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Bad weather warning for the offshore marine sector

Bad weather warning for the offshore marine sector
With the oil price hovering around just $45 per barrel shipowners may be rejoicing but for those in the offshore marine industry things are looking rather less promising.

Cosco Corp’s latest profit warning related to a $90m one off charge after it decided to discontinue an Octobuoy at Cosco Nantong project for ATP Oil & Gas in the UK which had failed to pay its debt claims. “The steep fall in crude oil prices over recent months has had an adverse impact on the global offshore marine industry. This has made it even more difficult to secure a buyer for the Octabuoy as industry players have cut back even further on new orders,” Cosco Corp said.

This could be just the tip of the iceberg. In an effort to gain a foothold in the offshore market many Chinese yards offered extremely back end payment heavy contracts. This was particularly prevalent in the jack-up rig sector where yards took orders from speculative buyers with 5% or less upfront and the remainder on delivery.

Speaking to an offshore marine lawyer last week expectation was that many of these contracts will at best be renegotiated for delivery delays and at worst simply walked away from as the buyer has so little to lose. It was a very similar situation to that that played out in general shipping post the 2008 collapse of shipping markets. On top of it some of the speculative rig owners may simply go out of business themselves.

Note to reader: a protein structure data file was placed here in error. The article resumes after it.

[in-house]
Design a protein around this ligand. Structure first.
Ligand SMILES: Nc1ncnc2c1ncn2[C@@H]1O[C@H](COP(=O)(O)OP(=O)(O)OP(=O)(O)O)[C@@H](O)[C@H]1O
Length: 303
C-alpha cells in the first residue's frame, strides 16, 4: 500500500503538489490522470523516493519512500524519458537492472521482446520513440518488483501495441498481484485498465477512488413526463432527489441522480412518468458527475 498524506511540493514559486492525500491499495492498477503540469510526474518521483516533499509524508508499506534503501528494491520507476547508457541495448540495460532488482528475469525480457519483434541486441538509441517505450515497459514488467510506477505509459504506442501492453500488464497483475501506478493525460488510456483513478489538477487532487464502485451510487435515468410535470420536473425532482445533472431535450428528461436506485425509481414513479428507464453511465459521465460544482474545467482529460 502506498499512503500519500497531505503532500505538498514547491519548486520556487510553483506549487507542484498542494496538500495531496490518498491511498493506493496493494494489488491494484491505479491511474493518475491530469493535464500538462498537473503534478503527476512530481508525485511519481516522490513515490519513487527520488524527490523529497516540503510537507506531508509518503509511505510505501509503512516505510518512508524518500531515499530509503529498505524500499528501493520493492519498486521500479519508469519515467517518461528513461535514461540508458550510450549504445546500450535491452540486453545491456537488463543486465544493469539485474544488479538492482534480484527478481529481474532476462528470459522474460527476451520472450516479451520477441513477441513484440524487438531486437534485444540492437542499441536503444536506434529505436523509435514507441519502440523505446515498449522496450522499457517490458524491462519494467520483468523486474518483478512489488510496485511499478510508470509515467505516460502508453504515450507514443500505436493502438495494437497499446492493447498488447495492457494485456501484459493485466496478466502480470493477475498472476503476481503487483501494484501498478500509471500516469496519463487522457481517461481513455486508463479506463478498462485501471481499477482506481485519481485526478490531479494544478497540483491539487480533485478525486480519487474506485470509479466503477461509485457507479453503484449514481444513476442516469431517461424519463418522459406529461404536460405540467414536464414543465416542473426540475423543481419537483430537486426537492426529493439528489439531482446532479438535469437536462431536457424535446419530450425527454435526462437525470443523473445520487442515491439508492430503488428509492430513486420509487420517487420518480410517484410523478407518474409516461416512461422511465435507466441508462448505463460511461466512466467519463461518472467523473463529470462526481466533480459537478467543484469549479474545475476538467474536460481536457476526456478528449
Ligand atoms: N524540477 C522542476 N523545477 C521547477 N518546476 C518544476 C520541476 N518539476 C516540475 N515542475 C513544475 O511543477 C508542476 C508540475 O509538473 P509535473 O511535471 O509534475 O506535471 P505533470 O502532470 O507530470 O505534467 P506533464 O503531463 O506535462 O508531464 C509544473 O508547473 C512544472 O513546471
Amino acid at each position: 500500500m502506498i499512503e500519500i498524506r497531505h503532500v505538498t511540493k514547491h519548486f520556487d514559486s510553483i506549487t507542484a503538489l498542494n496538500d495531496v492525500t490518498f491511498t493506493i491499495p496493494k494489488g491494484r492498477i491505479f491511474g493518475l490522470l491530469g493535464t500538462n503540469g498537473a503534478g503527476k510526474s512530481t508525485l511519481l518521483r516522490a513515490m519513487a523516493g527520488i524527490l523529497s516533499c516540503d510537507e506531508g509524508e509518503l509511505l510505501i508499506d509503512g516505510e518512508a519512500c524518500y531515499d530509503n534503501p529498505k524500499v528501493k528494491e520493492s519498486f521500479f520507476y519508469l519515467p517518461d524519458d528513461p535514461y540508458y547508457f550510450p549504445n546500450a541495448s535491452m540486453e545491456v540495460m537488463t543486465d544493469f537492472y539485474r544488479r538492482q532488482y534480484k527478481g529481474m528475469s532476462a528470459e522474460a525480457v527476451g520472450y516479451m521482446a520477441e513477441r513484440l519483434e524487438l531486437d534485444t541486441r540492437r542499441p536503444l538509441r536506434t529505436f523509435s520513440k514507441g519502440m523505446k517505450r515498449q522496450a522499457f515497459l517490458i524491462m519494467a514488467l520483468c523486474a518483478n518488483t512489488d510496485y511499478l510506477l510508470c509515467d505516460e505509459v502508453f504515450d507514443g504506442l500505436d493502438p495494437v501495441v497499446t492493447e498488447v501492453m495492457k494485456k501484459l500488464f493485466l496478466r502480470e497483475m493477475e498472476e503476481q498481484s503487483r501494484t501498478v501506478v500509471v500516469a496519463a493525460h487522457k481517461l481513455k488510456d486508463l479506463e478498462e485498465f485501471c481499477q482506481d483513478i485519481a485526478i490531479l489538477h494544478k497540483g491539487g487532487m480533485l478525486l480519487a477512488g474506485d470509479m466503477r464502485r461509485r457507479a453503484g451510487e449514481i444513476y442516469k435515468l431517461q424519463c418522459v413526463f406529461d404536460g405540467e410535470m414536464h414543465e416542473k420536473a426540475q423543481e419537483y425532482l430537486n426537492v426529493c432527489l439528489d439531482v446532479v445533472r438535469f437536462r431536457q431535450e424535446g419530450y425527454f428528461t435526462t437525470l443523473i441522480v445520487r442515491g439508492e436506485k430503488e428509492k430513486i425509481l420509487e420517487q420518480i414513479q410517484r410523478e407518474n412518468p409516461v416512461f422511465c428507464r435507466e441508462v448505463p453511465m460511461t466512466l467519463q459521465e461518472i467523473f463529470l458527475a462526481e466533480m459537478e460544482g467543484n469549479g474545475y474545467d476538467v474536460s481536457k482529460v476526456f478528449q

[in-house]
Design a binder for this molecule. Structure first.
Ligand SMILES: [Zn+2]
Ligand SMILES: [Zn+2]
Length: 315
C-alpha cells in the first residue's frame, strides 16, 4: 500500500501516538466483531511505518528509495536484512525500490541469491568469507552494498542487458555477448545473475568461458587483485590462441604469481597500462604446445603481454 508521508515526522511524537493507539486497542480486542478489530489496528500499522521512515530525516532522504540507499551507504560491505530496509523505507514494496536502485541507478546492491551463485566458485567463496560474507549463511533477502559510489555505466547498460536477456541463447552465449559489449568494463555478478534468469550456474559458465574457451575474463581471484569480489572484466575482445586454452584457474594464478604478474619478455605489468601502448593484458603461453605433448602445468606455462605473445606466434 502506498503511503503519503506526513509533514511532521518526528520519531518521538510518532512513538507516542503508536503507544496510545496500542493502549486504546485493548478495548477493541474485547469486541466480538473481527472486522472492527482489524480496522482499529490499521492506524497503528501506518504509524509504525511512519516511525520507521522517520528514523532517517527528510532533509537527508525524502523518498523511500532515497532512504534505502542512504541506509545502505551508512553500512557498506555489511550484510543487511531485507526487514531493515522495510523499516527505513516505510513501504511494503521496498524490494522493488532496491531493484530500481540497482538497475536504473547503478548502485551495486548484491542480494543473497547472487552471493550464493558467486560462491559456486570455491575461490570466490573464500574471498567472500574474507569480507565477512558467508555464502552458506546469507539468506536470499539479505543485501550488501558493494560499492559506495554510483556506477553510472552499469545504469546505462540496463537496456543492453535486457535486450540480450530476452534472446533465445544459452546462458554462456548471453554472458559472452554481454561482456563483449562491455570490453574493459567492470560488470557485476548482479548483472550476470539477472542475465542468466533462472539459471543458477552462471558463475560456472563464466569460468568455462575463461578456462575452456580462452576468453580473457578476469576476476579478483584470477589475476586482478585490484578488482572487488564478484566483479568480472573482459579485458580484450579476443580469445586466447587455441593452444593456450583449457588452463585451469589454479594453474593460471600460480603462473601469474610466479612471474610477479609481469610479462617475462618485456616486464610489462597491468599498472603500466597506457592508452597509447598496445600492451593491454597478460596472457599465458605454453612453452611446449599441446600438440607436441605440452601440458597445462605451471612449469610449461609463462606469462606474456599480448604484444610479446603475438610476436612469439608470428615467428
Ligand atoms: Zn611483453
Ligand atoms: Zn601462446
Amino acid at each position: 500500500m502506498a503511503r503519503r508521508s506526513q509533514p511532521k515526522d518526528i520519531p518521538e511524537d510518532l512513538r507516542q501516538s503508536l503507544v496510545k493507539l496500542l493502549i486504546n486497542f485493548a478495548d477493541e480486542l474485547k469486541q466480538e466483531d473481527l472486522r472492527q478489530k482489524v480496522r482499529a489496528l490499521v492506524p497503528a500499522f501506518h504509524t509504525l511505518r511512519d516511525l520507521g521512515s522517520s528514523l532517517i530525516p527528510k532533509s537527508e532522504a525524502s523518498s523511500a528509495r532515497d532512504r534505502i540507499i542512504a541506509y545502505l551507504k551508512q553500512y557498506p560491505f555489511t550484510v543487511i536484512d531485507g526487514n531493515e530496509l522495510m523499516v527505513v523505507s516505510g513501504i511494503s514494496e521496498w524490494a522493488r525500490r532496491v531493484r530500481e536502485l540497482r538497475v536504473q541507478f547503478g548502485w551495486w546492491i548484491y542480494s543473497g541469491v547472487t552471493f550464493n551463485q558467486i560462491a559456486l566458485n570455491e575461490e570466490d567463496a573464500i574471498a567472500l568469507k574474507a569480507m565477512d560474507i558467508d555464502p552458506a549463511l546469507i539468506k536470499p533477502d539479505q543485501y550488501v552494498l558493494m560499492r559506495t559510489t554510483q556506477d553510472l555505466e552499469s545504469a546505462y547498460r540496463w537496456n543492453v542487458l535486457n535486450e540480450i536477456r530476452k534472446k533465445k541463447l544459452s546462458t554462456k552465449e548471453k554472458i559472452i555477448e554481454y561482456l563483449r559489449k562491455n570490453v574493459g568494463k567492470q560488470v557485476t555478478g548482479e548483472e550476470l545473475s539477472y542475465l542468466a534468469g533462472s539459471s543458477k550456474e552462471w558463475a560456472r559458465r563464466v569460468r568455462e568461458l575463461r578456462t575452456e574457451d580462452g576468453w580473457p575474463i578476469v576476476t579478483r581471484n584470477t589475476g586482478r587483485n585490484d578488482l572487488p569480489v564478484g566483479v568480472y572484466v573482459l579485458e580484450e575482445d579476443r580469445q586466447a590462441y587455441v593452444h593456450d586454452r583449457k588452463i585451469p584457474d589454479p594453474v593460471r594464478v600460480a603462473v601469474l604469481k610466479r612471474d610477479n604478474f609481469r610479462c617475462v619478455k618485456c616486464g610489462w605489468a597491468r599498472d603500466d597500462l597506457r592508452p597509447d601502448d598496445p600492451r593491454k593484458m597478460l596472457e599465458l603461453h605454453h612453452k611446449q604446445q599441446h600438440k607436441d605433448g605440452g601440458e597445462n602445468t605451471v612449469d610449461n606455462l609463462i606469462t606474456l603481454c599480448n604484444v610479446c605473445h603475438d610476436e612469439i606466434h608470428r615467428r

For shipbuilders still trying to get themselves back on an even keel this could be very bad news indeed. Even for more established yards in Singapore and South Korea with better structured contracts new orders could dry up very quickly as oil companies such as Chevron and Petronas cut investment plans for 2015 by 20 – 30%. This week’s results briefing by Singapore’s Keppel Corp, the world’s largest builder of jack-up rigs, through its unit Keppel Offshore & Marine, will no doubt be watched keenly analysts and the market in general as senior management’s views on what lies ahead.

On the chartering side the picture may not be much better and operators could also look to find ways of getting out of unprofitable charters as Singapore law firm Oon & Bazul warned recently.

If the oil price drops further or simply stays where it is the world of offshore marine could be facing some very rough weather ahead.